Robert Purvis was born in 1810 Charleston, South Carolina, to William Purvis, a white English immigrant, and to Harriet Judah, a free woman of color. He moved to Philadelphia with his father and his brothers William and Joseph in 1819, Robert attended the Pennsylvania Abolition Society’s Clarkson Hall school. He enrolled at Amherst College, returning to Philadelphia after graduating.
Purvis was Joseph Cassey’s business partner, helping him when he bought and sold real estate. Robert Purvis also had very strong ties with the Forten family, and in 1831, he married James Forten’s daughter Harriet. Together, they were very involved in efforts to aid fugitive slaves. He helped to establish the American Anti-Slavery Society in 1833, and from 1845-1850, served as president of the Pennsylvania Anti-Slavery Society. In 1837, Purvis formed the Vigilant Committee of Philadelphia to help spread the anti-slavery message and to aid runaway slaves.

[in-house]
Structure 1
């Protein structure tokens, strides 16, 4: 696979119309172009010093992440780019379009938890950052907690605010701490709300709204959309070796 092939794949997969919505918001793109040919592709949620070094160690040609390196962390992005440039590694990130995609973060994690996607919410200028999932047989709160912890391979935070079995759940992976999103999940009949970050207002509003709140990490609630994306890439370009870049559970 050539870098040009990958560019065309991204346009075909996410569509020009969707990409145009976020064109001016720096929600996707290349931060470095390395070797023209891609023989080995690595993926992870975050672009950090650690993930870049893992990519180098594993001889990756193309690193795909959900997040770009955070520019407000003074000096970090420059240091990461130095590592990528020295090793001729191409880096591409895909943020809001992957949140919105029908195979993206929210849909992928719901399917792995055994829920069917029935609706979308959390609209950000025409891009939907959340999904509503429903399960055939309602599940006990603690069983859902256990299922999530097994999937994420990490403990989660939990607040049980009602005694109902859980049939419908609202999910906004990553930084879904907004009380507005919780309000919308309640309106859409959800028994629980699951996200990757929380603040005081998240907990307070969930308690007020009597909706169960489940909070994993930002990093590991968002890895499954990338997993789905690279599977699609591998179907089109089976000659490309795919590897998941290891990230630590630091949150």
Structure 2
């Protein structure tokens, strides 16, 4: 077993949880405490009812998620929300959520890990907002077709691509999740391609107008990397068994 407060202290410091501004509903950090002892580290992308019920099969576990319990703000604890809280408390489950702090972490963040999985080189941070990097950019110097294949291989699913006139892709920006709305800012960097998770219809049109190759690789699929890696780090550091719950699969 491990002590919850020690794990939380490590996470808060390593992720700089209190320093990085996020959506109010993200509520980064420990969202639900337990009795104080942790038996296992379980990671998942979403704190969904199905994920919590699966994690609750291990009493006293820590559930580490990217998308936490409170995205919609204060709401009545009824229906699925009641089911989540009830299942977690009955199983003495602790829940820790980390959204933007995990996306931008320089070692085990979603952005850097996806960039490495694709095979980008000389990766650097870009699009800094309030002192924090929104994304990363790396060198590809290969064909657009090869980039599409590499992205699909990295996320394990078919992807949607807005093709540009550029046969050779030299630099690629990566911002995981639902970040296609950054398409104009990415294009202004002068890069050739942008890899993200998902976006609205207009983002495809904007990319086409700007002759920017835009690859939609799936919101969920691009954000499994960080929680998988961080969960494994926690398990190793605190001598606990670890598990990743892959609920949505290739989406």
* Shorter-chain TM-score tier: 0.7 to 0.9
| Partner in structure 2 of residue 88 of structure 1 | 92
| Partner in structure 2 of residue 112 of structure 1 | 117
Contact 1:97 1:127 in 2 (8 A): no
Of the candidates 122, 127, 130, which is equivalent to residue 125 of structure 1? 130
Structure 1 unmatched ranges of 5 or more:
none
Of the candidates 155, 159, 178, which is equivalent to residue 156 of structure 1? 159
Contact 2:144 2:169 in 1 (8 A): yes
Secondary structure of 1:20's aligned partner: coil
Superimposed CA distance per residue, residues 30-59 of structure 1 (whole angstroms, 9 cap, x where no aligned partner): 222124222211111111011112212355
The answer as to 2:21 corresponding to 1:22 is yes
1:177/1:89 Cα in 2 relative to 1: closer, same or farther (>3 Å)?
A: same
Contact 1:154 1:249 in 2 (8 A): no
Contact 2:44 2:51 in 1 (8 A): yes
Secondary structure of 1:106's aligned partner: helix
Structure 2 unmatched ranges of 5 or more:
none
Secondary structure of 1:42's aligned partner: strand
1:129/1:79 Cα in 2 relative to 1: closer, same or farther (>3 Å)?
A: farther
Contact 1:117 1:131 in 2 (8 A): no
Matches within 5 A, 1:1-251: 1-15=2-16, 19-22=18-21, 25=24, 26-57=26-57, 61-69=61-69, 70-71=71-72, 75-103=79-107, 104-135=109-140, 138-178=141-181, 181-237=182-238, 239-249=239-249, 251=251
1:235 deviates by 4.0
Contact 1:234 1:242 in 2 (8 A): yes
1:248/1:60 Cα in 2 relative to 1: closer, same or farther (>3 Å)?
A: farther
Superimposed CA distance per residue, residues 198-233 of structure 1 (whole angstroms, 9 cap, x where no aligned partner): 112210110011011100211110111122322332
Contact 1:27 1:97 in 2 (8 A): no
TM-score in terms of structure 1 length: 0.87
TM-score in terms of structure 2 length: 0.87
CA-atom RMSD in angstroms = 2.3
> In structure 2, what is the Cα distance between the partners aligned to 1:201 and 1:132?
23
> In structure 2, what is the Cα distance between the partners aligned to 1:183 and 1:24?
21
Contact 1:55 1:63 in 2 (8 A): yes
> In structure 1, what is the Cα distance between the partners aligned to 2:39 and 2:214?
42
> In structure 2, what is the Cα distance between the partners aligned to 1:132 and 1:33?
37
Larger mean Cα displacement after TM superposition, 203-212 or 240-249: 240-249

His activism also extended to print. In 1838, he wrote Appeal of Forty Thousand Citizens Threatened with Disenfranchisement (Philadelphia, 1838) a pamphlet which challenged Pennsylvania’s adoption of a state constitutional amendment that revoked the voting rights of free African Americans. In addition, he gave financial assistance to William Lloyd Garrison for his work with The Liberator. During the Civil War, Purvis helped enlist African American troops. He died in 1898 in Philadelphia.